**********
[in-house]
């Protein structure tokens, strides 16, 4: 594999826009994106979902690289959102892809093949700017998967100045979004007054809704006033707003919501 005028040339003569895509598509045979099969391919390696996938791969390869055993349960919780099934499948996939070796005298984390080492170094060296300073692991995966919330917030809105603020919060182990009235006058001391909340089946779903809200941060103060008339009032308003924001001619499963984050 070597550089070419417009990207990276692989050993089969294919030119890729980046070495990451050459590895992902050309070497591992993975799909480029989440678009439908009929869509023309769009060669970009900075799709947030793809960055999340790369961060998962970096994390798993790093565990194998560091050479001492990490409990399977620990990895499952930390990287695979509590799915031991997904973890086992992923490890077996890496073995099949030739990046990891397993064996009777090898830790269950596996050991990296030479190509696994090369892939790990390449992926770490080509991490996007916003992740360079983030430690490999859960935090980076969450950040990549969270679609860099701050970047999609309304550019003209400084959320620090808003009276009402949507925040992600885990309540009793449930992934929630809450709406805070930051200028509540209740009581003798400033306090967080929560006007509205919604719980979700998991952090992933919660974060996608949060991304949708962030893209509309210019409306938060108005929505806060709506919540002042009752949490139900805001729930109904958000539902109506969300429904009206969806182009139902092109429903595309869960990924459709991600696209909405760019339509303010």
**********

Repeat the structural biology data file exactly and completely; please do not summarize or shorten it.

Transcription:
[in-house]
């Protein structure tokens, strides 16, 4: 594999826009994106979902690289959102892809093949700017998967100045979004007054809704006033707003919501 005028040339003569895509598509045979099969391919390696996938791969390869055993349960919780099934499948996939070796005298984390080492170094060296300073692991995966919330917030809105603020919060182990009235006058001391909340089946779903809200941060103060008339009032308003924001001619499963984050 070597550089070419417009990207990276692989050993089969294919030119890729980046070495990451050459590895992902050309070497591992993975799909480029989440678009439908009929869509023309769009060669970009900075799709947030793809960055999340790369961060998962970096994390798993790093565990194998560091050479001492990490409990399977620990990895499952930390990287695979509590799915031991997904973890086992992923490890077996890496073995099949030739990046990891397993064996009777090898830790269950596996050991990296030479190509696994090369892939790990390449992926770490080509991490996007916003992740360079983030430690490999859960935090980076969450950040990549969270679609860099701050970047999609309304550019003209400084959320620090808003009276009402949507925040992600885990309540009793449930992934929630809450709406805070930051200028509540209740009581003798400033306090967080929560006007509205919604719980979700998991952090992933919660974060996608949060991304949708962030893209509309210019409306938060108005929505806060709506919540002042009752949490139900805001729930109904958000539902109506969300429904009206969806182009139902092109429903595309869960990924459709991600696209909405760019339509303010």